Worsley Gets An Encore

An operatic history of Venice, Vienna and Milan
Forgive this philistine, but I’ve missed out on the joy of opera throughout my life. My infrequent experiences have been of a good snooze repeatedly interrupted by clanging from the orchestra pit and bellowing from the stage (to adapt the quip that Mark Twain never said of golf as ‘a good walk ruined’). Lucy Worsley’s Nights at the Opera (Saturday, BBC2, 9pm) is an inspirational corrective to such ignorance.

For starters, the sparkling La Worsley – effervescently, effortlessly educative – gently points out that even those of us who thought we didn’t like opera have in fact long been relishing its jewels, just without realising, and particularly at the movies or on TV. Take the adrenaline- pumping Ride of the Valkyries ushering in the helicopter gunships in Apocalypse Now, or ‘that football song’ (as World Cup fans know it) which is Pavarotti’s rendition of Nessun Dorma.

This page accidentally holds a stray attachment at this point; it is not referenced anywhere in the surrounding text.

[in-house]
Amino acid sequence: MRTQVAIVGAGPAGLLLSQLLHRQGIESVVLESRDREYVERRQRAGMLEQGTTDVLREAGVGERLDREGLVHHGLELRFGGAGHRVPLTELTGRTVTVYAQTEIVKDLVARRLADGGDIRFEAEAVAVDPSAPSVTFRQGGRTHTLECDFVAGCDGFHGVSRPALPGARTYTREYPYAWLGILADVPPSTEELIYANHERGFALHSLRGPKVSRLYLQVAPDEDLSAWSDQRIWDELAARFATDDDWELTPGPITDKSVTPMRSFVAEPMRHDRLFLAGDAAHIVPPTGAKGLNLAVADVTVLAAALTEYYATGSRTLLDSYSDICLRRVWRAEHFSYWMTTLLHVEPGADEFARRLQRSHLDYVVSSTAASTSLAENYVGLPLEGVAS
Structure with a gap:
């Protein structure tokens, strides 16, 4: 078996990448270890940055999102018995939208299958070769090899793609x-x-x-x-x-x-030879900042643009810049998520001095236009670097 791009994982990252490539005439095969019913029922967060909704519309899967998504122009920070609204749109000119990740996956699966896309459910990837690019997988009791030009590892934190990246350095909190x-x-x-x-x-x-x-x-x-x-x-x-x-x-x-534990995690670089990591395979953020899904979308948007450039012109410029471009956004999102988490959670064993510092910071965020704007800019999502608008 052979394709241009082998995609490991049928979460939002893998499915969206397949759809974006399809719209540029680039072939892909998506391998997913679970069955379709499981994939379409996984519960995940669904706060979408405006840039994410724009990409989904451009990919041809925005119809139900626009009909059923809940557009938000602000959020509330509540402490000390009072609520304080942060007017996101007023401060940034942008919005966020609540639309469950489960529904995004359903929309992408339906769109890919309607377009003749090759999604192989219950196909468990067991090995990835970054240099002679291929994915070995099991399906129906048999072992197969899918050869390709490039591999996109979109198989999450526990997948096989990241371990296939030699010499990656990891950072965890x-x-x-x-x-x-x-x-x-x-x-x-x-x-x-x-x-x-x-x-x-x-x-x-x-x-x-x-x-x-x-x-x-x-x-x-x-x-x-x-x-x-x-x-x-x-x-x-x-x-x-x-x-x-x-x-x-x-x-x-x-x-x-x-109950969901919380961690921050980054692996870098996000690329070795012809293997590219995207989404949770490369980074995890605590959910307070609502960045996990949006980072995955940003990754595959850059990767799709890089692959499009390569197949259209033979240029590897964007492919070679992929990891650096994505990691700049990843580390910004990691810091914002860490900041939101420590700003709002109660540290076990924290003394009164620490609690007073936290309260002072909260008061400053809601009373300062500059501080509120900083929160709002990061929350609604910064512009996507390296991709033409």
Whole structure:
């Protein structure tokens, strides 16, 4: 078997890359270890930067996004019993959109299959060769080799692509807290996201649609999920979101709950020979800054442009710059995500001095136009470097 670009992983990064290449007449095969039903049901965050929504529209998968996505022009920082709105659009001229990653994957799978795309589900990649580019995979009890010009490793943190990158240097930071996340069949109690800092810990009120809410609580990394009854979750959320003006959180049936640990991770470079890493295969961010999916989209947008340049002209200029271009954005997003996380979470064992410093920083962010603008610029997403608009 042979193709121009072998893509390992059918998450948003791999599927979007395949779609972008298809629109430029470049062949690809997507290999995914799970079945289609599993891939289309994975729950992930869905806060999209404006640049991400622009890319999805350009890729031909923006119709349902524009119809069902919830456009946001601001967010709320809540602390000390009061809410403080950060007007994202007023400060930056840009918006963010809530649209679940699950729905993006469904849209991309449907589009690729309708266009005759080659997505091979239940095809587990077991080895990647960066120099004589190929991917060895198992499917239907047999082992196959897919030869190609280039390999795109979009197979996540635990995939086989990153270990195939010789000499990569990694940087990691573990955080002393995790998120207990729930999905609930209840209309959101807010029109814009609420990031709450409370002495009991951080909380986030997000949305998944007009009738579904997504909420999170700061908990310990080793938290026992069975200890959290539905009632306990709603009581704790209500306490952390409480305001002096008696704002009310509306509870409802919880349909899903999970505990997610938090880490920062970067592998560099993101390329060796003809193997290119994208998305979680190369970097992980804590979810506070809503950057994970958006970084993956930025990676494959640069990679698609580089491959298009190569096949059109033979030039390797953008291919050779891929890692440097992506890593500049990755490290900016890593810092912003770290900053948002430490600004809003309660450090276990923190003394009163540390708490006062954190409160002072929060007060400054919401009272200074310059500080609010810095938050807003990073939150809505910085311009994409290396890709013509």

But this two-part series is also an entrancing historical tour, with visits to Wagner’s Bayreuth, and Paris – the city of Bizet’s Carmen – to come. This week, though, the story must naturally begin in Italy, where Worsley traces the origins of opera to Venice in the 17th century, when monied merchants and decadent libertines were searching for new extravaganzas with which to entertain their guests. After which it’s off to Mozart’s joyous Vienna and the Milan where Verdi provided the soundtrack for the birth of an independent Italy. Do just give me a nudge if I start dozing off.